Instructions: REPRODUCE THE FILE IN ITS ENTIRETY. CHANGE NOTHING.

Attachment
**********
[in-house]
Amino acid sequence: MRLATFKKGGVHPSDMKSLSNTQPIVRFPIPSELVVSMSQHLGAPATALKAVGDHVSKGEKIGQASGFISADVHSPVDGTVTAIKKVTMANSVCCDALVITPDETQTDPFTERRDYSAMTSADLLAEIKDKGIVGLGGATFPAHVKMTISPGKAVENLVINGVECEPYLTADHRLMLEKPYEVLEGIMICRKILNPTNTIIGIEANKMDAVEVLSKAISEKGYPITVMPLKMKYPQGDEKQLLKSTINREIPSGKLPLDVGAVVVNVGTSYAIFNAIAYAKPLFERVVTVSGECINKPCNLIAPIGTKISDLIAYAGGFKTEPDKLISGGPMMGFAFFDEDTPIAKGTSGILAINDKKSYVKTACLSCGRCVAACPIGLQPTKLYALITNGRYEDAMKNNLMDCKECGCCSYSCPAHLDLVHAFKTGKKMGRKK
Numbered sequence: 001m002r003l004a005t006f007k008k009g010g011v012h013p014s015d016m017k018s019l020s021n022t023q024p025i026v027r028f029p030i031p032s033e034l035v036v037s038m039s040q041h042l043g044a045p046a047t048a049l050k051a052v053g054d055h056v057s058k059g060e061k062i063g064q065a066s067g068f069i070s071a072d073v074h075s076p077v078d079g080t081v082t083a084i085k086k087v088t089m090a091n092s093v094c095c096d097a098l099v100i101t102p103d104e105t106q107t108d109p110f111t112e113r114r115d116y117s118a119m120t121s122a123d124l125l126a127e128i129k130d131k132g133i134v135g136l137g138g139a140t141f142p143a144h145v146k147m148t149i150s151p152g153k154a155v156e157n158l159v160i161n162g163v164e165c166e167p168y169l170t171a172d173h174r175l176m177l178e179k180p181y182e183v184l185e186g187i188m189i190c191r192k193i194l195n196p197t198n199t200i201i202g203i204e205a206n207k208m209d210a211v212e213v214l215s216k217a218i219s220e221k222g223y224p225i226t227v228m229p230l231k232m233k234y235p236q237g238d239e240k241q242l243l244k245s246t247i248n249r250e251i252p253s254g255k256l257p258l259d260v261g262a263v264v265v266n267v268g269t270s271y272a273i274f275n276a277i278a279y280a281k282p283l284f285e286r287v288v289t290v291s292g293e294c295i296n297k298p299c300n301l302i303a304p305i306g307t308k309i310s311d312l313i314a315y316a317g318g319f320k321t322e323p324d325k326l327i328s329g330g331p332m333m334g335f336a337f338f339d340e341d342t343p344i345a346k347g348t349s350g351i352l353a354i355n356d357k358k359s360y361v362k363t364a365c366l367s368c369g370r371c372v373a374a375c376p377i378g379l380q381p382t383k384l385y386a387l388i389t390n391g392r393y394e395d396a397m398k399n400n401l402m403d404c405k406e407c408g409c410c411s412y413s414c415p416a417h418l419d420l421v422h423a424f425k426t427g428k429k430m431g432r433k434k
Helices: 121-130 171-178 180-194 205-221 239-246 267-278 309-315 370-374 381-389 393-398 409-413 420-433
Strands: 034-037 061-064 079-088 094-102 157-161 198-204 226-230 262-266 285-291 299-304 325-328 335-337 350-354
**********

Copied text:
[in-house]
Amino acid sequence: MRLATFKKGGVHPSDMKSLSNTQPIVRFPIPSELVVSMSQHLGAPATALKAVGDHVSKGEKIGQASGFISADVHSPVDGTVTAIKKVTMANSVCCDALVITPDETQTDPFTERRDYSAMTSADLLAEIKDKGIVGLGGATFPAHVKMTISPGKAVENLVINGVECEPYLTADHRLMLEKPYEVLEGIMICRKILNPTNTIIGIEANKMDAVEVLSKAISEKGYPITVMPLKMKYPQGDEKQLLKSTINREIPSGKLPLDVGAVVVNVGTSYAIFNAIAYAKPLFERVVTVSGECINKPCNLIAPIGTKISDLIAYAGGFKTEPDKLISGGPMMGFAFFDEDTPIAKGTSGILAINDKKSYVKTACLSCGRCVAACPIGLQPTKLYALITNGRYEDAMKNNLMDCKECGCCSYSCPAHLDLVHAFKTGKKMGRKK
Numbered sequence: 001m002r003l004a005t006f007k008k009g010g011v012h013p014s015d016m017k018s019l020s021n022t023q024p025i026v027r028f029p030i031p032s033e034l035v036v037s038m039s040q041h042l043g044a045p046a047t048a049l050k051a052v053g054d055h056v057s058k059g060e061k062i063g064q065a066s067g068f069i070s071a072d073v074h075s076p077v078d079g080t081v082t083a084i085k086k087v088t089m090a091n092s093v094c095c096d097a098l099v100i101t102p103d104e105t106q107t108d109p110f111t112e113r114r115d116y117s118a119m120t121s122a123d124l125l126a127e128i129k130d131k132g133i134v135g136l137g138g139a140t141f142p143a144h145v146k147m148t149i150s151p152g153k154a155v156e157n158l159v160i161n162g163v164e165c166e167p168y169l170t171a172d173h174r175l176m177l178e179k180p181y182e183v184l185e186g187i188m189i190c191r192k193i194l195n196p197t198n199t200i201i202g203i204e205a206n207k208m209d210a211v212e213v214l215s216k217a218i219s220e221k222g223y224p225i226t227v228m229p230l231k232m233k234y235p236q237g238d239e240k241q242l243l244k245s246t247i248n249r250e251i252p253s254g255k256l257p258l259d260v261g262a263v264v265v266n267v268g269t270s271y272a273i274f275n276a277i278a279y280a281k282p283l284f285e286r287v288v289t290v291s292g293e294c295i296n297k298p299c300n301l302i303a304p305i306g307t308k309i310s311d312l313i314a315y316a317g318g319f320k321t322e323p324d325k326l327i328s329g330g331p332m333m334g335f336a337f338f339d340e341d342t343p344i345a346k347g348t349s350g351i352l353a354i355n356d357k358k359s360y361v362k363t364a365c366l367s368c369g370r371c372v373a374a375c376p377i378g379l380q381p382t383k384l385y386a387l388i389t390n391g392r393y394e395d396a397m398k399n400n401l402m403d404c405k406e407c408g409c410c411s412y413s414c415p416a417h418l419d420l421v422h423a424f425k426t427g428k429k430m431g432r433k434k
Helices: 121-130 171-178 180-194 205-221 239-246 267-278 309-315 370-374 381-389 393-398 409-413 420-433
Strands: 034-037 061-064 079-088 094-102 157-161 198-204 226-230 262-266 285-291 299-304 325-328 335-337 350-354